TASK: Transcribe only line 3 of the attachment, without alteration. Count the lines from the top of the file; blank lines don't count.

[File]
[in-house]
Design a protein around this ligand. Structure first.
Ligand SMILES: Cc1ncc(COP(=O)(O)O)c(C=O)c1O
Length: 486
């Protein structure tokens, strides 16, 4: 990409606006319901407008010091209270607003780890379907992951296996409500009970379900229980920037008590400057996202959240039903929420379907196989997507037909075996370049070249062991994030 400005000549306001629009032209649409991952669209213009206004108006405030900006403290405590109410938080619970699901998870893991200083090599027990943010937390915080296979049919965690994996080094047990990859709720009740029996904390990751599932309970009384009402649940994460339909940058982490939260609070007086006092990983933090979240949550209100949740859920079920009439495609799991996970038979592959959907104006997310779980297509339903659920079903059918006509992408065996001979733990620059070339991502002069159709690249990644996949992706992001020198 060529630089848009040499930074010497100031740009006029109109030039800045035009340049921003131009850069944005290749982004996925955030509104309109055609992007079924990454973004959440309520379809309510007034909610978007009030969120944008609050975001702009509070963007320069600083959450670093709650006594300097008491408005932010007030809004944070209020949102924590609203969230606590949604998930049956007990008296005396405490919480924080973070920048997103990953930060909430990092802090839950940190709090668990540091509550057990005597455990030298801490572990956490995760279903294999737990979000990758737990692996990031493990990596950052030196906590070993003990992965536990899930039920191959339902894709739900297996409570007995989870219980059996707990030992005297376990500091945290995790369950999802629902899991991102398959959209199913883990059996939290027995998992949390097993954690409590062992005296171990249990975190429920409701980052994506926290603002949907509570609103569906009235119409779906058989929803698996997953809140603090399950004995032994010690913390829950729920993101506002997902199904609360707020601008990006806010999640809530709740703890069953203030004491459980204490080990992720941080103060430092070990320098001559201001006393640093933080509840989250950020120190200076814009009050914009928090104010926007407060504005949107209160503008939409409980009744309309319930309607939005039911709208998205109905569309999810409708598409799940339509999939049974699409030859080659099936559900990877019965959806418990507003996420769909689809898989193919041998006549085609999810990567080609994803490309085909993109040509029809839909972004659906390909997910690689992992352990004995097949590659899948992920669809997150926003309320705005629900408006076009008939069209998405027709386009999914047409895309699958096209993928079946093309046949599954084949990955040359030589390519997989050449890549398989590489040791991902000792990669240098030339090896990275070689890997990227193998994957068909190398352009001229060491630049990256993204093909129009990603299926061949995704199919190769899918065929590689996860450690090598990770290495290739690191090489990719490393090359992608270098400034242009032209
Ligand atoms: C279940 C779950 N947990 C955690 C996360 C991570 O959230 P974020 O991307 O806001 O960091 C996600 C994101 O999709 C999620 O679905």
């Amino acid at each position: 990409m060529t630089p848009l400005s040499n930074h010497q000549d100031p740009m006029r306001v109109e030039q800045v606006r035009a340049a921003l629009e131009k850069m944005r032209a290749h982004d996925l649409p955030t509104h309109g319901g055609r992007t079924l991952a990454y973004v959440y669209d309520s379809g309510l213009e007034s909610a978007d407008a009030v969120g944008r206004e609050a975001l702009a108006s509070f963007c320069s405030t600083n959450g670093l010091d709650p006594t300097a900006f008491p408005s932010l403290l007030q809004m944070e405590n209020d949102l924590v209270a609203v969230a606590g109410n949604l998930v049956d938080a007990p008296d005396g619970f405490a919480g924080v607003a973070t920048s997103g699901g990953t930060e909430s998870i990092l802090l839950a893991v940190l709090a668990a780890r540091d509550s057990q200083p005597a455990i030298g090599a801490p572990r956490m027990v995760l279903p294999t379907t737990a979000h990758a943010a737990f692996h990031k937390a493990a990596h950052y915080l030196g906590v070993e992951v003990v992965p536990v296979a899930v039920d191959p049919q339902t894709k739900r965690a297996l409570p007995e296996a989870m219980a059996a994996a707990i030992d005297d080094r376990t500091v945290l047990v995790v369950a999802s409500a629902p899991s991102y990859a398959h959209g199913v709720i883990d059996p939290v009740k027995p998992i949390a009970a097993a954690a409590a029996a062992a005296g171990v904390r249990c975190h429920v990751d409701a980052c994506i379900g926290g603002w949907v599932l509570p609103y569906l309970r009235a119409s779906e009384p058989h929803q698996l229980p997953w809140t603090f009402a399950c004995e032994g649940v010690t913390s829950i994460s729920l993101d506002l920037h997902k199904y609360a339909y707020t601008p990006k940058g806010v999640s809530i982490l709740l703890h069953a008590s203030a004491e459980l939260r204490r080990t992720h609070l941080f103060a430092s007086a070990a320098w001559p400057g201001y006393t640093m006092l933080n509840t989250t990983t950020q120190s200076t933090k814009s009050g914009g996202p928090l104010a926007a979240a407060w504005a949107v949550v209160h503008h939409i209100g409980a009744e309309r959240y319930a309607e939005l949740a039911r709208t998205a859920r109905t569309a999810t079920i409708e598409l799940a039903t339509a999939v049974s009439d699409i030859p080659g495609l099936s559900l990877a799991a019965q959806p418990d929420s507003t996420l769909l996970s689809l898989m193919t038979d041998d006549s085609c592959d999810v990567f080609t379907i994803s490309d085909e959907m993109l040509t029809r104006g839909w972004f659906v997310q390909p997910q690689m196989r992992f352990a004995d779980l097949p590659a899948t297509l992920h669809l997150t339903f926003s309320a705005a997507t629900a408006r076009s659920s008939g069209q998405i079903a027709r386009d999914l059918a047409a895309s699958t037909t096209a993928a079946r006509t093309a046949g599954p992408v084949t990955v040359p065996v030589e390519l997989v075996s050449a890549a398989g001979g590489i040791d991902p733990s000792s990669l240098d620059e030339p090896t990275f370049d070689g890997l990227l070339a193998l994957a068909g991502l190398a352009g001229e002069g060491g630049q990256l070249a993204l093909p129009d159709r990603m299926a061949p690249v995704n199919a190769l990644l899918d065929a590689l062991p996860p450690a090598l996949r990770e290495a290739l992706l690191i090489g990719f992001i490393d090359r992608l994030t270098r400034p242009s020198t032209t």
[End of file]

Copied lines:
Ligand SMILES: Cc1ncc(COP(=O)(O)O)c(C=O)c1O